Statement (2) is clearly not sufficient.


What numbers can be substituted for A, B, and C and when multiplied by 2 gives you an odd integer?


Note that stem does not say that a, b and c are integers.

So for example: a=3/2, b=0, c=0 --> 2(a+b-c)=3. As I said if a+b-c=\frac{odd}{2}, then 2(a+b-c)=2*\frac{odd}{2}=odd. This option is ruled out by statement (1), which says that a, b and c are integers.

Hope it's clear.
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COLLECTION OF QUESTIONS:
PS: 1. Tough and Tricky questions; 2. Hard questions; 3. Hard questions part 2; 4. Standard deviation; 5. Tough Problem Solving Questions With Solutions; 6. Probability and Combinations Questions With Solutions; 7 Tough and tricky exponents and roots questions; 8 12 Easy Pieces (or not?); 9 Bakers' Dozen; 10 Algebra set. ,11 Mixed Questions, 12 Fresh Meat

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Re: GmatClub Test: Number Properies - I (DS) [#permalink] New post 07 May 2010, 21:13
Thanks Bunuel.

I think I need some revision also on Number Properties.
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Re: GmatClub Test: Number Properies - I (DS) [#permalink] New post 08 May 2010, 03:56
Bunuel wrote:
ykaiim wrote:
Is 2(a+b-c) an odd integer?

1. a, b and c are consecutive numbers
2. b=a+c

The OA is A. But, I think it is incorrect.
Case1: 0,1,2 the a+b-c = -1 (Yes)
Case2: 1,2,3 the a+b-c = 0 (No)

Can someone tell me where I am wrong?


2(a+b-c) can be:
odd, in case a+b-c=\frac{odd}{2};
even, in case a+b-c=integer
not an integer at all, in case a+b-c does not equal to any above. For example: a+b-c=\sqrt{2} or a+b-c=0.3.

Guess statement (1) is saying: "a, b and c are consecutive integers". The word "consecutive" is redundant here. Just knowing that "a, b and c are integers" is enough to say that this statement is sufficient to answer the question. And the answer would be NO: a, b and c are integers --> a+b-c=integer --> 2(a+b-c)=even.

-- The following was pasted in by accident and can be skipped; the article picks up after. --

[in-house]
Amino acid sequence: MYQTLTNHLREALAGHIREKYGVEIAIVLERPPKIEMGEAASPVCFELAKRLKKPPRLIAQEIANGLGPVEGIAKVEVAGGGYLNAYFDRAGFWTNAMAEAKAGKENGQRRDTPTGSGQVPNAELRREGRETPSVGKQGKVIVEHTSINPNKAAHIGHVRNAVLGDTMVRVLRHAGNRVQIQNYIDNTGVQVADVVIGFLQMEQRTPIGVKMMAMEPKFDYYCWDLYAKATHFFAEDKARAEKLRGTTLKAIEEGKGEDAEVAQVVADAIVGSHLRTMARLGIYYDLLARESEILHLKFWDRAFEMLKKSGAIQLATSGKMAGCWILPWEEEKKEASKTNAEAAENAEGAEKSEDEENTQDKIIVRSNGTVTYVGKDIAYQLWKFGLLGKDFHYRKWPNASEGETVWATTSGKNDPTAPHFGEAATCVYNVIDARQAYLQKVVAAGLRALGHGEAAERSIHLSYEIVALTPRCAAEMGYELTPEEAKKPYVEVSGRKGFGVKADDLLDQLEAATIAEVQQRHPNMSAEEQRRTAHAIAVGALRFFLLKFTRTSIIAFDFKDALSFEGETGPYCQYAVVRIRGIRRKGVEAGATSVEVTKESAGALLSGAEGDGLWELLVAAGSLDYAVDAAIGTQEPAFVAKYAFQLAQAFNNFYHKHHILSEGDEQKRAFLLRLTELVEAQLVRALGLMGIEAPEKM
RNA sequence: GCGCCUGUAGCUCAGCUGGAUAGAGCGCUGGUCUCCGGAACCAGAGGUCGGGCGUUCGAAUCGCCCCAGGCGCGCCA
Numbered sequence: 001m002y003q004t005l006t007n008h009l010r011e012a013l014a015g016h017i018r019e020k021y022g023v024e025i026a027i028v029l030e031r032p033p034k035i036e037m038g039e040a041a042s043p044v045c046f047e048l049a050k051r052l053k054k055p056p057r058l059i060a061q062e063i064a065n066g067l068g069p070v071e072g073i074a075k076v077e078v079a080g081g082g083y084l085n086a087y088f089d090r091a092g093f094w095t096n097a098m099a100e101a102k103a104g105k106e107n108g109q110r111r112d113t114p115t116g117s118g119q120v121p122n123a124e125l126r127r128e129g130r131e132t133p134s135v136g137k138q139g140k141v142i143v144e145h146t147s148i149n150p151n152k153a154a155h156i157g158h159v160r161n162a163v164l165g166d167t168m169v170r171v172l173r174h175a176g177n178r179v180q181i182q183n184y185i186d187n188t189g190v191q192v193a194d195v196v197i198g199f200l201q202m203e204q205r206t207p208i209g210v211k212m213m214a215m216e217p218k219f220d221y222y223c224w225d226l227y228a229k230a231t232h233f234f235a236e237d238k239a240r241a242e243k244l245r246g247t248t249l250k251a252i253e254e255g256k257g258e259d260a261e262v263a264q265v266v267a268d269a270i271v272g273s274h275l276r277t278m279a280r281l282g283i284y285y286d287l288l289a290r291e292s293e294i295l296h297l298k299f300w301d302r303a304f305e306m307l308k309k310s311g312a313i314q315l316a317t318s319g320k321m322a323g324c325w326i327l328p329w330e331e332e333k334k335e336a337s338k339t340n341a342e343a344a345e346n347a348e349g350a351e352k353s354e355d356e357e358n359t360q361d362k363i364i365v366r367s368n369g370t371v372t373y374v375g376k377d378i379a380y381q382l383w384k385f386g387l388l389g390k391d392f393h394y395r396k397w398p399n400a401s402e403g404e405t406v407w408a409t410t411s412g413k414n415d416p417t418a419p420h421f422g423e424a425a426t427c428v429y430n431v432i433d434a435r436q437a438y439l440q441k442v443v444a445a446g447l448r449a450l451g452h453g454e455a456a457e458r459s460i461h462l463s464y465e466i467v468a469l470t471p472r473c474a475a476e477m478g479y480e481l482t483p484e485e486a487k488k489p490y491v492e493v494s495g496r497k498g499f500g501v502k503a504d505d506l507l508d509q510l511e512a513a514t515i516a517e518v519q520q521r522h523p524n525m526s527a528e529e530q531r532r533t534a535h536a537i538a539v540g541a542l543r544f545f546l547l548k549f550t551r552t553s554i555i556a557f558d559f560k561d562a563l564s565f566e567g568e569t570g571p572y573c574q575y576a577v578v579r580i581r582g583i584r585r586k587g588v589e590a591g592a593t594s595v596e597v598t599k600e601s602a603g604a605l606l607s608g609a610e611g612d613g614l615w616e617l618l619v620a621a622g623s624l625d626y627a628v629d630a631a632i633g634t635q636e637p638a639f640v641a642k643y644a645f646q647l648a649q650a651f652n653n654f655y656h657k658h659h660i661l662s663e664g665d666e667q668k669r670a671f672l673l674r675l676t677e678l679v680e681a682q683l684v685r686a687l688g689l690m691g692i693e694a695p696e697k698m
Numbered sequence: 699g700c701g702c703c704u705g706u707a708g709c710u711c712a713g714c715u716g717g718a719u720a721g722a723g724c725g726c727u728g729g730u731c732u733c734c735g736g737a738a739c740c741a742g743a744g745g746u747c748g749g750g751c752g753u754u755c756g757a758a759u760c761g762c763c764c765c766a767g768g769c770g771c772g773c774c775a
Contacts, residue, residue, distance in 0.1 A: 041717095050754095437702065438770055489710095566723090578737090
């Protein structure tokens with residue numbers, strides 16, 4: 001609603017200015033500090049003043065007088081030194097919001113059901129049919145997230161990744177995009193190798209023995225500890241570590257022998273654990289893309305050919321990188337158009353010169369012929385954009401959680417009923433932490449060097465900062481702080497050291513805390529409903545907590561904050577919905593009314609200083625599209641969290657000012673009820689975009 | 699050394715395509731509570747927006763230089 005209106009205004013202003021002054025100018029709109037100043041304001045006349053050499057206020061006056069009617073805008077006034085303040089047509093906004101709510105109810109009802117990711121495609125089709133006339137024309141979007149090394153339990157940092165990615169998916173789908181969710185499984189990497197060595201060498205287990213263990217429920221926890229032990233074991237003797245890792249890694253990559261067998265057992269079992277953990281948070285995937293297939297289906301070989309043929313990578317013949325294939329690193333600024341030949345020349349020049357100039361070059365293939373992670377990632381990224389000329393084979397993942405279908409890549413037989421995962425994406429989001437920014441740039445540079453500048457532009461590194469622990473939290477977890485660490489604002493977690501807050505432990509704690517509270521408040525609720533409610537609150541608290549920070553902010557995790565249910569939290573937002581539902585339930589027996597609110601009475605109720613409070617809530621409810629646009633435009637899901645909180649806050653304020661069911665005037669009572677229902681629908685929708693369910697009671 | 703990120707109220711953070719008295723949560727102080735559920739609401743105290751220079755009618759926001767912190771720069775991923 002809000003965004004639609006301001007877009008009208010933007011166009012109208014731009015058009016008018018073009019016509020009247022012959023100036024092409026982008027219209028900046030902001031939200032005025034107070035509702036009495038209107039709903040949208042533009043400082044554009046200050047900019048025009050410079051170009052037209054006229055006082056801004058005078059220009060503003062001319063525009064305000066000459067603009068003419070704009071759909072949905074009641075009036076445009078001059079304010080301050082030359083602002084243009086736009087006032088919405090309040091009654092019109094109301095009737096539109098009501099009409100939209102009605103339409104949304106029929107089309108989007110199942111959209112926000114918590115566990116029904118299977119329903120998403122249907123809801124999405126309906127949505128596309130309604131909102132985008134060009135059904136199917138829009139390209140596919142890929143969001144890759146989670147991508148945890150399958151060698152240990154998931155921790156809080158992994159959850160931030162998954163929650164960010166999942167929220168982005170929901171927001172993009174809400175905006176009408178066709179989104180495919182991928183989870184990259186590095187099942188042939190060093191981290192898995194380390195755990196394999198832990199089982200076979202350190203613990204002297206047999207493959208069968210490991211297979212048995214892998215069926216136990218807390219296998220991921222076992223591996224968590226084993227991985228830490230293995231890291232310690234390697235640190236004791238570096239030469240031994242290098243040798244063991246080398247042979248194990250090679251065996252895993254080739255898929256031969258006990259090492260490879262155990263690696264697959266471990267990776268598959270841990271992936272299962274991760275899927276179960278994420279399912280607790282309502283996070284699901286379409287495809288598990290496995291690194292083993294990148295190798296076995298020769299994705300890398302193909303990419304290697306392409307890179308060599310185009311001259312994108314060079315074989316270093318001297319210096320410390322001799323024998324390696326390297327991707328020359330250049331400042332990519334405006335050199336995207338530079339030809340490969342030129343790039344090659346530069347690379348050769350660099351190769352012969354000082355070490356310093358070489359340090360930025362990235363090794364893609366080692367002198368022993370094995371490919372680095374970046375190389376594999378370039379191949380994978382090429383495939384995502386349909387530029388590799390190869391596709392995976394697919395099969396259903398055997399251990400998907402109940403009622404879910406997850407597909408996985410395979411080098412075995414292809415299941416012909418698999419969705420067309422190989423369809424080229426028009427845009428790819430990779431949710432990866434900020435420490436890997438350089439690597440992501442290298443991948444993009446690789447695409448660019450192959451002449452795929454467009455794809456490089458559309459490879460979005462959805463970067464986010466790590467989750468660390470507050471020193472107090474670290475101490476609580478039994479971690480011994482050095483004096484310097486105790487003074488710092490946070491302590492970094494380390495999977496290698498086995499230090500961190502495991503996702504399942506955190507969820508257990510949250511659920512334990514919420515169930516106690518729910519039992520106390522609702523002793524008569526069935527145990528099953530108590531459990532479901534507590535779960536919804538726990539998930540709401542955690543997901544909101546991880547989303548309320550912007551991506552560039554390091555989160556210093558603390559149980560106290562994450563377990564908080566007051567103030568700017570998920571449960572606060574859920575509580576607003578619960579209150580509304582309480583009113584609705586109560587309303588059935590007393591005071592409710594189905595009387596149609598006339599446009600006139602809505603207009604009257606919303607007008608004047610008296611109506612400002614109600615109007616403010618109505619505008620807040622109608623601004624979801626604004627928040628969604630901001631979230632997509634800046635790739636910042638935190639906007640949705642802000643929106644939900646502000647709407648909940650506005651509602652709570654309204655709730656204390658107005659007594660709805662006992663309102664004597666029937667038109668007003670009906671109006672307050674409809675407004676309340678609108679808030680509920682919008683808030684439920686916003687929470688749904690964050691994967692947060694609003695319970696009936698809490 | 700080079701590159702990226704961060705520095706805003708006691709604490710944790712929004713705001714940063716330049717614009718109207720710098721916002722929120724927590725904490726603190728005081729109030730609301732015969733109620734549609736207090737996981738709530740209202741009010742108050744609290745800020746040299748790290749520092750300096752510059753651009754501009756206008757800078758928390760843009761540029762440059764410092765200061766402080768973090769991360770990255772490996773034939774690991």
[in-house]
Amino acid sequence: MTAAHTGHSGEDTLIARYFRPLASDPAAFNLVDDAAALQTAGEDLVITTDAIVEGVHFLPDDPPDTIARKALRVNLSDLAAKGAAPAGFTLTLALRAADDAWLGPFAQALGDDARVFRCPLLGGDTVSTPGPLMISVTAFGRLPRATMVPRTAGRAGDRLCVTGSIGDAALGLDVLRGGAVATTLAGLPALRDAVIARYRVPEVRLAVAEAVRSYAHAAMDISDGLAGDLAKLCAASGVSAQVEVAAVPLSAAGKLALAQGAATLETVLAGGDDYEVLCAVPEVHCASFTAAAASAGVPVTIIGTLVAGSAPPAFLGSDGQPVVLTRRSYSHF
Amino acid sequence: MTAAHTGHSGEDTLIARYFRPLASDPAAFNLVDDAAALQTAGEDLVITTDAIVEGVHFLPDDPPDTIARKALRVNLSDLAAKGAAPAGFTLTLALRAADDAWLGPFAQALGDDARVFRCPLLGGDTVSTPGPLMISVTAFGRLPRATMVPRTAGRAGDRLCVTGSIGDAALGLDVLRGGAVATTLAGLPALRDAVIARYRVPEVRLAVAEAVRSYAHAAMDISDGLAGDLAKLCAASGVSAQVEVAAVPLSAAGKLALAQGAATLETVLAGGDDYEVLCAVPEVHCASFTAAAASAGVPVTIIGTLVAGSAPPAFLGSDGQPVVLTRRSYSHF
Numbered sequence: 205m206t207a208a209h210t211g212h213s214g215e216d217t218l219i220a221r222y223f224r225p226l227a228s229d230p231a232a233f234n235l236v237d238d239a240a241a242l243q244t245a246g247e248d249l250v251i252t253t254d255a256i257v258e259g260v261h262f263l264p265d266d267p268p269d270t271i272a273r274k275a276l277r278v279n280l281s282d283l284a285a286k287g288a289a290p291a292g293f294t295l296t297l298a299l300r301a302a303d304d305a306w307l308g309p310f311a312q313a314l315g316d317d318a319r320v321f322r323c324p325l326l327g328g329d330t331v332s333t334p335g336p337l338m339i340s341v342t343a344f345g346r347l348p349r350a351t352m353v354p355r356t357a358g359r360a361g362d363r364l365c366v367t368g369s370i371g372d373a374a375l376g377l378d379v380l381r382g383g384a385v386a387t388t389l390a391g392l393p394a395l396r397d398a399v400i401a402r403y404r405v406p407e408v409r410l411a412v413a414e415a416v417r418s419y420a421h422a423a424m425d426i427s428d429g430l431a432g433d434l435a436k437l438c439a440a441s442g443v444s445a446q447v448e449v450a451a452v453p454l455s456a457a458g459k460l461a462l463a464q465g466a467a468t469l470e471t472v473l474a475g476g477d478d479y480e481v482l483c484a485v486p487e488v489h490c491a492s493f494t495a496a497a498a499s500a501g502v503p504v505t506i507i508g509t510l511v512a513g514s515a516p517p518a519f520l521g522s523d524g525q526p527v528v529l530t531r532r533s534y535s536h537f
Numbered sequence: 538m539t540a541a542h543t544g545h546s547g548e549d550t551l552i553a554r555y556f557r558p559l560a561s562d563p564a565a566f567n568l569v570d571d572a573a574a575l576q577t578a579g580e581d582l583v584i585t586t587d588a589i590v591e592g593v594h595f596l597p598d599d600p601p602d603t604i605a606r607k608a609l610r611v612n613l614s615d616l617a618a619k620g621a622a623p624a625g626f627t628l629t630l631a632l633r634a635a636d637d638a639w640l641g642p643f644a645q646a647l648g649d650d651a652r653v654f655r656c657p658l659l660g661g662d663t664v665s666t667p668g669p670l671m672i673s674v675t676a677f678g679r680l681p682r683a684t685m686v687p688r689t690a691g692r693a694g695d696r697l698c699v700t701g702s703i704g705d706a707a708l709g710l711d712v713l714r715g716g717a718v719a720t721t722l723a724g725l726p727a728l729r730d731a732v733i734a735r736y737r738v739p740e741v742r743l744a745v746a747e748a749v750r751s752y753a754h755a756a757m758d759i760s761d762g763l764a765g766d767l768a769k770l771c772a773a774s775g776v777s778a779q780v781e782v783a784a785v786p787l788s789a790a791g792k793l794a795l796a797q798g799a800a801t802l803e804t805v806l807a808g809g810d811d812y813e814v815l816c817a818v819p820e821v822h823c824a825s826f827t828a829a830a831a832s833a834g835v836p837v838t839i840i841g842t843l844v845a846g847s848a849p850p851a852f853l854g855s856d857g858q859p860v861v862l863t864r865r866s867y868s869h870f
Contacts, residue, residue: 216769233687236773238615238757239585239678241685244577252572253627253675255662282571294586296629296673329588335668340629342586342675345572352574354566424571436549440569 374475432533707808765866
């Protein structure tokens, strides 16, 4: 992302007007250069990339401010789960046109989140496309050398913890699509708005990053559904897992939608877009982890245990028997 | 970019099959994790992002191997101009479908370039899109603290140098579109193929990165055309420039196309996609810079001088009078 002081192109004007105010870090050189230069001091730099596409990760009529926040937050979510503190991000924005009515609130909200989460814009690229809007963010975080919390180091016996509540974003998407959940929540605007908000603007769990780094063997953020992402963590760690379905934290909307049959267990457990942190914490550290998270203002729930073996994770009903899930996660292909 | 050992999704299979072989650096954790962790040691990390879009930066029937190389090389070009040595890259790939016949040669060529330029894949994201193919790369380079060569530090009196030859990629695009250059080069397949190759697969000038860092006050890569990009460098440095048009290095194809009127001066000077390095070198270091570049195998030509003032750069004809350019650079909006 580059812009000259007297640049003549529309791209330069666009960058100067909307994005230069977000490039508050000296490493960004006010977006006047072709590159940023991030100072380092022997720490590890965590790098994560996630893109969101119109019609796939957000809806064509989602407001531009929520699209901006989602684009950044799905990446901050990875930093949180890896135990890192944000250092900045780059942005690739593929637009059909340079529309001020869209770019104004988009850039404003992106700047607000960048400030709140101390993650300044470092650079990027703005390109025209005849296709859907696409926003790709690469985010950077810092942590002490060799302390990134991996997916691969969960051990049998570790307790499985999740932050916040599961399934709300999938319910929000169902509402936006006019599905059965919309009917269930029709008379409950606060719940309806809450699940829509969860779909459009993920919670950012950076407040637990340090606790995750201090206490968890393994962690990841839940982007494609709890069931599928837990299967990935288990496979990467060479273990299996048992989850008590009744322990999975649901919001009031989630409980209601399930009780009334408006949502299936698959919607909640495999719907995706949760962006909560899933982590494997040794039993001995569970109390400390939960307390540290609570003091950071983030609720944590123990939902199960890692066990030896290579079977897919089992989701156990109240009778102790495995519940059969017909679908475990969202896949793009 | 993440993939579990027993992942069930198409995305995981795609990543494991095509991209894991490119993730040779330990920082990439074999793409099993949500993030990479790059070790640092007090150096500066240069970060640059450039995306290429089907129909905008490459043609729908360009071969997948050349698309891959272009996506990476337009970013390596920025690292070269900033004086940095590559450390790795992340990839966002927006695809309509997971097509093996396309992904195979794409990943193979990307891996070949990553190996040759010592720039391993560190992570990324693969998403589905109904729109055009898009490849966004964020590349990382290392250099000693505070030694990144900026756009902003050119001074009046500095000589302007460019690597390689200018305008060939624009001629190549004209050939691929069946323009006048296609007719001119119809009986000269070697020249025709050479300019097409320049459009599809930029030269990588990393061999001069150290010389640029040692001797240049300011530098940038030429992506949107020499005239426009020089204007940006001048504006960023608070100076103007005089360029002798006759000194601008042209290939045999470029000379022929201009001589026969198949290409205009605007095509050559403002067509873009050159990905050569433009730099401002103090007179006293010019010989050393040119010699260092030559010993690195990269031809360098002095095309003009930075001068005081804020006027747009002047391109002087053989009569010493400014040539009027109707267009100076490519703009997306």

Statement (2) is clearly not sufficient.

totally right
I assumed that a, b and c were integers
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Re: GmatClub Test: Number Properies - I (DS) [#permalink] New post 16 May 2010, 14:22
yup A must be the ans
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Re: Is 2(a+b-c) an odd integer? 1. a, b and c are consecutive [#permalink] New post 08 Nov 2013, 11:38
If we substitute b = a + c in 2(a+b-c), we get 4a. Now, whatever the value of a, the outcome will always be even. This statement should be sufficient too. In my opinion, the answer should be D.

I am not sure that whether what I have done is correct but, this is what came to my mind when I was attempting this question; I marked D.
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Re: Is 2(a+b-c) an odd integer? 1. a, b and c are consecutive [#permalink] New post 09 Nov 2013, 01:47
Expert's post
AasaanHai wrote:
If we substitute b = a + c in 2(a+b-c), we get 4a. Now, whatever the value of a, the outcome will always be even. This statement should be sufficient too. In my opinion, the answer should be D.

I am not sure that whether what I have done is correct but, this is what came to my mind when I was attempting this question; I marked D.


Please read the thread carefully:
is-2-a-b-c-an-odd-integer-1-a-b-and-c-are-consecutive-93832.html#p722067
is-2-a-b-c-an-odd-integer-1-a-b-and-c-are-consecutive-93832.html#p722073

The correct answer is A, not D.
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NEW TO MATH FORUM? PLEASE READ THIS: ALL YOU NEED FOR QUANT!!!

PLEASE READ AND FOLLOW: 11 Rules for Posting!!!

RESOURCES: [GMAT MATH BOOK]; 1. Triangles; 2. Polygons; 3. Coordinate Geometry; 4. Factorials; 5. Circles; 6. Number Theory; 7. Remainders; 8. Overlapping Sets; 9. PDF of Math Book; 10. Remainders; 11. GMAT Prep Software Analysis NEW!!!; 12. SEVEN SAMURAI OF 2012 (BEST DISCUSSIONS) NEW!!!; 12. Tricky questions from previous years. NEW!!!;

COLLECTION OF QUESTIONS:
PS: 1. Tough and Tricky questions; 2. Hard questions; 3. Hard questions part 2; 4. Standard deviation; 5. Tough Problem Solving Questions With Solutions; 6. Probability and Combinations Questions With Solutions; 7 Tough and tricky exponents and roots questions; 8 12 Easy Pieces (or not?); 9 Bakers' Dozen; 10 Algebra set. ,11 Mixed Questions, 12 Fresh Meat

DS: 1. DS tough questions; 2. DS tough questions part 2; 3. DS tough questions part 3; 4. DS Standard deviation; 5. Inequalities; 6. 700+ GMAT Data Sufficiency Questions With Explanations; 7 Tough and tricky exponents and roots questions; 8 The Discreet Charm of the DS ; 9 Devil's Dozen!!!; 10 Number Properties set., 11 New DS set.


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Re: Is 2(a+b-c) an odd integer? 1. a, b and c are consecutive   [#permalink] 09 Nov 2013, 01:47